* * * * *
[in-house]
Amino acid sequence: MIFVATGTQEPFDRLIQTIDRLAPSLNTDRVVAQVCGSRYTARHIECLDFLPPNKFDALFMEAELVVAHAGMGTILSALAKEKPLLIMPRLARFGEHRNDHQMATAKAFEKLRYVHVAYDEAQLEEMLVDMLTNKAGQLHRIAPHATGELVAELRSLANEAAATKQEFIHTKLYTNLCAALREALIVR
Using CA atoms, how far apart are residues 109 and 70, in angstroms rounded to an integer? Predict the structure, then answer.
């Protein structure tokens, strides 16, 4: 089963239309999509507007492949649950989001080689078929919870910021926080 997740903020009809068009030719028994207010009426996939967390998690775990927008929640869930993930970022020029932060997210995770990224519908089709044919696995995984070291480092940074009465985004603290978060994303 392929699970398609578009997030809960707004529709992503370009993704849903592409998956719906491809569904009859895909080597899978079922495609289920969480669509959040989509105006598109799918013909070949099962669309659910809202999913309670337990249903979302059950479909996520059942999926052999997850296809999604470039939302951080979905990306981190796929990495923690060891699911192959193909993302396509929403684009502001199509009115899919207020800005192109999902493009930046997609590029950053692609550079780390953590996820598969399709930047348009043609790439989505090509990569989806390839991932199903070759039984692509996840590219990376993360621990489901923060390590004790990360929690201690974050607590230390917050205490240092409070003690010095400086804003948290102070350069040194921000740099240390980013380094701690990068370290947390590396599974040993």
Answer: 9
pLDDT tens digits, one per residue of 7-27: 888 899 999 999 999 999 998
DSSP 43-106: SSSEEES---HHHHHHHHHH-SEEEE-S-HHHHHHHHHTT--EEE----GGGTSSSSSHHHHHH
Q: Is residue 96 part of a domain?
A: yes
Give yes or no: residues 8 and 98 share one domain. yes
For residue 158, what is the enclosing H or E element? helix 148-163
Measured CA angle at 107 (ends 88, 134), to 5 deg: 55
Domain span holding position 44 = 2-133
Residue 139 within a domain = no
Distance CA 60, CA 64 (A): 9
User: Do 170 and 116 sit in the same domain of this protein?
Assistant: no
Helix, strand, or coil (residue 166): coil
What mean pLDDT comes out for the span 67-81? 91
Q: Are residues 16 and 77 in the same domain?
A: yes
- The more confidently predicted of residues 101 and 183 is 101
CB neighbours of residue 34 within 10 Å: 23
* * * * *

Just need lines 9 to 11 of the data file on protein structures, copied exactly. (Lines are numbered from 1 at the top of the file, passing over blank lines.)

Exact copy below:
A: yes
Give yes or no: residues 8 and 98 share one domain. yes
For residue 158, what is the enclosing H or E element? helix 148-163